Goddess of joy and pleasure, Onŭli is associated with life (human, animal, and plant), protection, happiness, and freedom from danger and worry, although she is not commonly called upon in shamanic rites and is therefore harder to convince to come grant her benefits to a specific person. She's considered to have had to suffer a long and difficult journey when she was young in order to escape adversity and come into her powers, and as a result she tends to attempt to spread her joy across the world where it's most needed on her own time, rather than being directed by anyone calling for help via prayer from below.


Paridegi (or Princess Pari) functions as a psychopompos, a deity who leads the dead to the underworld properly to prevent them from becoming lost between realms. She was once a mortal, a shaman famed for her healing and disease-curing powers, and was so powerful that she was able to project herself into the spirit world to assist the souls of the dead and dying; as a result, when she finally died herself, the gods of death were worried that she would be too powerful and usurp them, so they refused to allow her to become a god of death, and she took on the responsibility of delivering the dead to their underworld instead. (As a result, she's a much more positive and well-loved figure than many of the more intimidating death gods, and is called upon to help living shamans who want to bring the dead peace or heal those who are in danger of dying of illness.)

Sobyolwang & Taebyolwang

A pair of brother celestial gods in charge of regulating the heavenly bodies, Sobyolwang and Taebyolwang (literally "sun king" and "moon king", also referred to as Sŏnmuni and Humuni) are in charge of removing the excess suns and moons from the sky that threatened the orderly running of the world, as well as monitoring and controlling the remaining one of each we have now. Destroying and moderating the sun includes preventing drought and famine and controlling the advance of deserts, and destroying and moderating the moon includes preventing flooding and crop devastation. They also sometimes appear as rulers over humanity, with Sobyolwang as king over the living and Taebyolwang as king over the dead (often as the result of a bet on a game of chance, with the loser being stuck with charge of the dead), although other gods also take on those roles depending on the area and tradition.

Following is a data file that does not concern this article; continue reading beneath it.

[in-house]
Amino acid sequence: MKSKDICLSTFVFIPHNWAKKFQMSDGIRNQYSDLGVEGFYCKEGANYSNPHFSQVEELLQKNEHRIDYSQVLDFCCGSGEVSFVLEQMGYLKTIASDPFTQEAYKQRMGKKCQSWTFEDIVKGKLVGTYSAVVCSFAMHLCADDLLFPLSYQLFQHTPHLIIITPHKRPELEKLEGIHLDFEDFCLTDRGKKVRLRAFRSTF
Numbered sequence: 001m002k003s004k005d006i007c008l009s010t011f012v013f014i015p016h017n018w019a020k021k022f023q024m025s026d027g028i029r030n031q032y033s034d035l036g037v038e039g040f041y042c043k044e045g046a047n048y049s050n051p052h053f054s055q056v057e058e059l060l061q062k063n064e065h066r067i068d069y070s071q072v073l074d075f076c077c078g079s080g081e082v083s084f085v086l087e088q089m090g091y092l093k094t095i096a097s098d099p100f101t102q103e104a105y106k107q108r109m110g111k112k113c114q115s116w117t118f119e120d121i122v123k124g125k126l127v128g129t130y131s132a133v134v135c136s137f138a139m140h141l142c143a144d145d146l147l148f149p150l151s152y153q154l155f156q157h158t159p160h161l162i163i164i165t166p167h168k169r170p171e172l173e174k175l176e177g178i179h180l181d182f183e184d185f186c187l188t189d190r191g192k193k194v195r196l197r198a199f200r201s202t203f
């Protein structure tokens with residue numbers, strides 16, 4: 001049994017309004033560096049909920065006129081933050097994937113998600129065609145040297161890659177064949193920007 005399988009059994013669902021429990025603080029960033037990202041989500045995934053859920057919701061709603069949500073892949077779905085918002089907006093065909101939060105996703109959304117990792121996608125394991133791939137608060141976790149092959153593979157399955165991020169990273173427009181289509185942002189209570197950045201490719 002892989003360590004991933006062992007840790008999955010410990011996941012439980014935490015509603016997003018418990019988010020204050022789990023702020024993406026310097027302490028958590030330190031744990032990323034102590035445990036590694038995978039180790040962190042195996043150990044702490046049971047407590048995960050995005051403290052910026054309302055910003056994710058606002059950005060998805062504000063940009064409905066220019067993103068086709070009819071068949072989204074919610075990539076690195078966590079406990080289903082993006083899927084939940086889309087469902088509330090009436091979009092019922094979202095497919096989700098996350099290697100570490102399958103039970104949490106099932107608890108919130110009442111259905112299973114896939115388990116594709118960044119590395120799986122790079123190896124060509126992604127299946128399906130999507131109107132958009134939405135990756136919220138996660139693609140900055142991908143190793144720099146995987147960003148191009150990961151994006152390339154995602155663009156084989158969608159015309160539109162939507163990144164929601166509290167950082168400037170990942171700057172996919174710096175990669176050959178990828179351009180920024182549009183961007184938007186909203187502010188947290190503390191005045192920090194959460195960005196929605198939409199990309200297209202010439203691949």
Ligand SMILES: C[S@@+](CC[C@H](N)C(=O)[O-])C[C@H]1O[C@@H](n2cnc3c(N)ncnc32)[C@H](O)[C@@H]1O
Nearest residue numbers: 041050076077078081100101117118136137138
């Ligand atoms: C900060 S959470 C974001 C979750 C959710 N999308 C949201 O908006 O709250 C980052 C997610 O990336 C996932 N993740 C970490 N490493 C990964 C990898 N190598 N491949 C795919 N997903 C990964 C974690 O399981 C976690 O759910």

Sŏkga is the opposite number of Mirŭk, above; while he could not create the world with the skill Mirŭk displayed, he could take control of it now that it existed and start messing with it for his own preference and gain. This is the reason that the orderliness of creation was disrupted and things like evil and chaos entered the world, specifically because Sŏkga played against Mirŭk in a game of chance in order to win the world and cheated to make sure that he won - Korean myth has a strong emphasis on stories of evil or chaotic figures cheating at games in order to mess literally everything up, and Sŏkga is the first and largest figure to do so. He's often reduced down to "god of evil", but might also be referred to less angrily as a god of mischief, cheatery, and selfishness, one who isn't actively trying to wreck things, but just causing problems as an accident of his behavior.

Like Mirŭk/Maitreya, Sŏkga gained names and attributes from the introduction of Buddhism, becoming popularly referred to as Sakyamuni - the name of the current Buddha, the one that Maitreya will supposedly succeed in the future. The relationship between the two gods doesn't really match up to that between the two Buddhas, again probably because the ancient Korean religion just went right ahead doing what it was doing and only layered a little Buddhism on top!


Samsŭnghalmang is the goddess of birth, in charge of making sure that babies are born healthy and alive and that their parents survive the delivery, and taught humanity helpful techniques for cutting the umbilical cord and cleaning wounds to try to make sure that they can manage it on their own when she's busy. Interestingly enough, her most major myth involves the fact that she took over the job from her grandmother, the previous goddess of birth, and that it wasn't a peaceful exchange of power; the younger Samsŭnghalmang began assisting with births only to be confronted by her predecessor for moving onto her turf, and the quarrel escalated until the older goddess physically struck the younger one, at which point they both had to go before Mirŭk for judgment and were forced to divide their responsibilities equally.


The king of the dead, Yŏmradaewang (King Yŏmra) is the ruler over the underworld and undisputed authority when it comes to those who dwell there (although he is not the only death god, and is in fact in charge of a team of nine other lesser kings who help keep the place in running order). Most of his myths have to do with making sure things are going the way they're Supposed To - for example, hearing petitions from heroes who want to let him know that someone's death has happened at the wrong time instead of when it was fated to occur, or tracking down people who have somehow evaded their proper deaths, which he considers something of a personal affront.

As his name suggests, he is probably fairly strongly influenced by the Hindu death god Yama, and has a lot of features in common, such as functioning as a judge for those who have died and aggressively administrating and keeping track of living people to make sure they wind up where they need to go.


  1. I admit I saw the name Yomradaewang and groaned slightly, even before I read the confirmation that he's another Yama influenced figure.... how the Naraka is it that the most globally influential deity in Hinduism is Yama of all people :)

    My reaction to this is my reaction to seeing any interesting set of Gods (which, let's be honest, is every set of Gods) which is 'I wish I could play them already' :) (also what their Devotional would be)

    1. Ha, I mean, every god is an interesting god that we wish was part of our stories, it's a very understandable response. :)

      I don't have a minute right now to speculate on their Devotional, but the whole "cheating at contests that affect the universe" thing comes up a lot, so I could tentatively say something like that might be involved!

  2. Is it wrong that now I want the Gods of Vietnam? :-D

    1. I'm not going to say WRONG, but it will have to go in the queue....